Proposed amendments to the 2019 Eau Claire city budget such as two additional L.E. Phillips Memorial Public Library employees, a participatory budget process and a program to assist those having difficulty renting homes in Eau Claire would improve the city in important ways, backers of those initiatives said.
But other speakers at a public budget hearing Monday said they’re concerned about proposed cutbacks to existing programs that would occur if those new initiatives are added. The City Council is scheduled to vote today to adopt next year’s budget.
Some speakers at the hearing voiced support for those new measures, saying they would help address city issues that need attention. Among the topics prompting support was adding library workers to boost early childhood literacy and curb behavior problems at the library.
Proponents of adding those jobs said those employees would improve literacy skills among low-income residents, many of whom often struggle to read and write well. Such assistance is especially important, backers of the initiative said, as the number of people struggling economically in Eau Claire grows.
A recent study shows 46 percent of Eau Claire residents either live in poverty or struggle financially. Library Board President Bob Eierman said as the library faces growing demand on its services, more employees are essential to continuing to meet patrons’ needs.
“We need people to try to improve the services we provide,” he told Eau Claire City Council members and others attending the budget hearing.
However, other speakers said, those budget additions would come at the expense of existing services that are important to city operations. Several speakers expressed concerns about budget additions resulting in cutbacks to downtown parking enforcement, a concern as growth in the city’s center has led to more traffic-related issues. Other police services also would be impacted, they said.
To deal with parking problems, the City Council previously instituted a two-hour parking limit on many downtown spots, an effort to free up spaces to make parking more convenient for downtown shoppers. Reduced enforcement will lead to more parking issues and reduced patrons for businesses, speakers said.
Reduced parking enforcement “is going to have a significant impact on our parking downtown,” former City Councilman Eric Larsen told council members. “I hope you will consider the lost services that will be impacted here.”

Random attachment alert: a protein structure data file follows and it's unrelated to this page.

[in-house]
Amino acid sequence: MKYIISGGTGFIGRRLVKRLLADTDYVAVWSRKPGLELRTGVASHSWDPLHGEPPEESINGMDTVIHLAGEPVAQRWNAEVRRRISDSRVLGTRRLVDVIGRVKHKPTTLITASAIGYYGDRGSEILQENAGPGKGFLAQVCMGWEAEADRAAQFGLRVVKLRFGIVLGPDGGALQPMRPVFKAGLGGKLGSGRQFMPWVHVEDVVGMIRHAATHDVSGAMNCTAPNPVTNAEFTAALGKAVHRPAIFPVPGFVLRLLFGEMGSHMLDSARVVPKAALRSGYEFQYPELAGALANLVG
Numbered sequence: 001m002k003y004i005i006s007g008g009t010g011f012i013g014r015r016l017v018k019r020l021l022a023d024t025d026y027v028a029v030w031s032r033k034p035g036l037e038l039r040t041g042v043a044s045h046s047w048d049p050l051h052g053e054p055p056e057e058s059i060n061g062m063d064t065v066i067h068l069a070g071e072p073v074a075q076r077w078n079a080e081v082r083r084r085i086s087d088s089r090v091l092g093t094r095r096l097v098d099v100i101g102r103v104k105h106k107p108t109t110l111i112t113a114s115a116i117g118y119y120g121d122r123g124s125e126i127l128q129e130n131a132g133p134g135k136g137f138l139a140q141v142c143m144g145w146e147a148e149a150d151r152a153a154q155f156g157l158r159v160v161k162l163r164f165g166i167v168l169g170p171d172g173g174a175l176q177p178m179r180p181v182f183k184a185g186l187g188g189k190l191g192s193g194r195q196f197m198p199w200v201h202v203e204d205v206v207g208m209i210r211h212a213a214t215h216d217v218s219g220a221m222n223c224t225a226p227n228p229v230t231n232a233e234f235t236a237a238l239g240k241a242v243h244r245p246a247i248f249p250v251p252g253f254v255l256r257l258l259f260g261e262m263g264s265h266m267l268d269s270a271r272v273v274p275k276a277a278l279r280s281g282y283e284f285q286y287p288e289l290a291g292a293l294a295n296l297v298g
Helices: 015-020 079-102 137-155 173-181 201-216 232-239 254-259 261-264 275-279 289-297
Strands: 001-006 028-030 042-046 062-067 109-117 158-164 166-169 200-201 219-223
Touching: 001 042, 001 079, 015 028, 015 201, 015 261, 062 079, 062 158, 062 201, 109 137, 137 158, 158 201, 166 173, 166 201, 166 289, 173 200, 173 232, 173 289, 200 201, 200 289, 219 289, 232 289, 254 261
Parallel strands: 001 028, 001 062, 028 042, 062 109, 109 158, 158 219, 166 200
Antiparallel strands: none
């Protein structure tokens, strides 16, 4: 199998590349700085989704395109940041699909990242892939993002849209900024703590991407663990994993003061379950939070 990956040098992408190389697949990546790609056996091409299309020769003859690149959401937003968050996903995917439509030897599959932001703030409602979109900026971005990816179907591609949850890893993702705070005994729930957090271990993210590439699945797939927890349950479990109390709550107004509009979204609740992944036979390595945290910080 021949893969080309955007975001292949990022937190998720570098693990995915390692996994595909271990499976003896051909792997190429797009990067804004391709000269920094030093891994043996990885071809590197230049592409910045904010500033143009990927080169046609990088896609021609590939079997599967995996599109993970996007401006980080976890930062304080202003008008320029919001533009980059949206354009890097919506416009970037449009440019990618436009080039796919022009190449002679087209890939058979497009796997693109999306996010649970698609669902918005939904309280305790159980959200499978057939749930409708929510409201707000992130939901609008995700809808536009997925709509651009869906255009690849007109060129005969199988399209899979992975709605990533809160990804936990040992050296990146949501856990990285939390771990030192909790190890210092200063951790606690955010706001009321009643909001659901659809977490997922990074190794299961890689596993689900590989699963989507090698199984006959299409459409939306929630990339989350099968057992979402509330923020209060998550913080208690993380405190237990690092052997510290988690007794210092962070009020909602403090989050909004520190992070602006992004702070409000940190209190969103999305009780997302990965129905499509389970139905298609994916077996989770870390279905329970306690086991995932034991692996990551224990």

City Council acting President Andrew Werthmann and Councilwoman Catherine Emmanuelle proposed an amendment to hire a consultant for $25,000 to oversee a participatory budget process. They suggested that amount be cut from the police department’s parking enforcement budget, but that reduction doesn’t have to come from downtown parking, Werthmann said.
“This (cut) would be across our entire city, not just from the downtown area,” he said.
Such budget struggles are a sign of financial constraints the city and other Wisconsin municipalities face, city finance director Jay Winzenz said. Years of expenditures growing faster than state-imposed spending limits allow has the city trying to do more with less, he said.
“Our revenue sources have not been able to keep up with increasing demand for services,” Winzenz said. “The status quo is not sustainable.”
Among other budget amendments was a proposal to add classes to teach people to be better tenants. The program would be aimed at those with a history of evictions or criminal convictions that make renting homes difficult, especially in a tight rental market in Eau Claire.
Werthmann, who authored the proposal, estimates the effort could start with $35,000 in funding, which would include a part-time position and other expenses. To come up with that money, he proposes cutting $27,000 in the city budget for a three-year extended warranty on defibrillators used by emergency response technicians and an $8,000 reduction for new equipment at Hobbs Ice Center.
Speakers at Monday’s meeting also debated whether Eau Claire should approve an ordinance allowing chickens in the city. Those backing the measure, such as city resident Rachel Hart-Brinson, said it would allow people to raise some of their own food and “is an important quality-of-life issue to a lot of people.”
Others spoke against the idea, saying they have concerns about sanitation and the possibility of attracting rodents. Eau Claire City-County Health Department workers said they have studied the issue and the ordinance would include an inspection schedule. Multiple other Wisconsin cities have previously adopted similar ordinances.
The issue previously failed to receive council backing in 2010 and 2011.